TRENTON, NJ — No new cases of illness have been reported since a Warren County, N.J. farm was placed under quarantine after a horse tested positive for equine herpes myeloencephalopathy (EHM) caused by equine herpes virus-1 (EHV-1), according to the New Jersey Department of Agriculture.

The 25-year-old quarter horse mare was euthanized Nov. 2, according to a statement by the New Jersey Department of Agriculture. Tests that came back on Nov. 8 confirmed the diagnosis. 

Other horses at the home farm that have been exposed to the positive horse are quarantined for at least 21 days. Immediate biosecurity measures are in effect at the home premises. Additionally, all the horses on the quarantined premises will be temperature checked twice daily to confirm the virus is not spreading.

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Other horses kept at the farm where the horse was euthanized attended shows in the area the following weekend before the test results came back.

On Nov. 13, the Department of Agriculture posted an update: "No other horses have shown signs of EHM. Exposed horses that attended shows are in good health. Organizers of the events attended by these horses  have been contacted directly, and attendees have been notified about the possible exposure. Concerned owners should contact their veterinarians."

EHV-1 spreads quickly from horse to horse, has a high morbidity and can cause a wide range of symptoms, from a complete lack of clinical signs to respiratory problems, especially in young horses, and spontaneous abortions in pregnant mares. Transmission of the virus is mostly via direct contact with infected materials; therefore, tack must not be shared between horses and biosecurity measures must be utilized. While highly infectious, the virus does not persist in the environment and is neutralized by hand soap, alcohol-based hand sanitizers, and sunlight.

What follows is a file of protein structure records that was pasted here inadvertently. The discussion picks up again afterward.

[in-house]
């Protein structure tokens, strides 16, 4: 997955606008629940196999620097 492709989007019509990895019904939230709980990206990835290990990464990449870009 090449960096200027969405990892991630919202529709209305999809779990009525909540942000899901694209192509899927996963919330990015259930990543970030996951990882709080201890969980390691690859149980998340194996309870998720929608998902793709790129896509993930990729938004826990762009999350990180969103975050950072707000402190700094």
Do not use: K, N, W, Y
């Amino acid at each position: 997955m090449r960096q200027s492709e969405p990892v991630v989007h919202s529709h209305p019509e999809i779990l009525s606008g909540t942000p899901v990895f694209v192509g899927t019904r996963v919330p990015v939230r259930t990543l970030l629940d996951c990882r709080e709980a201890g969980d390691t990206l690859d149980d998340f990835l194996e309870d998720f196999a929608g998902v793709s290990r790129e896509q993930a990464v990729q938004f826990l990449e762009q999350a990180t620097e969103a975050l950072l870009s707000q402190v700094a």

The virus does not affect humans and other domestic animals, except for llamas and alpacas.

If an owner has a horse that is exhibiting neurologic signs or suspects Equine Herpes, they are directed to call their veterinarian immediately. Concerned owners should consult their veterinarian prior to taking any action as the clinical signs of EHM are common to many other diseases. For more information about the disease, visit www.nj.gov/agriculture/divisions/ah/pdf/equine_herpesvirus_brochure_2009.pdf

EHM, like other viral diseases affecting horses’ neurological systems, such as Rabies, Eastern Equine Encephalitis and West Nile Virus, must be reported to the state veterinarian within 48 hours on a neurologic disease worksheet that is available at: 

http://jerseyvetlab.nj.gov/sample/forms/FORM-R-019%201%20Neurologic%20Disease%20Worksheet.pdf

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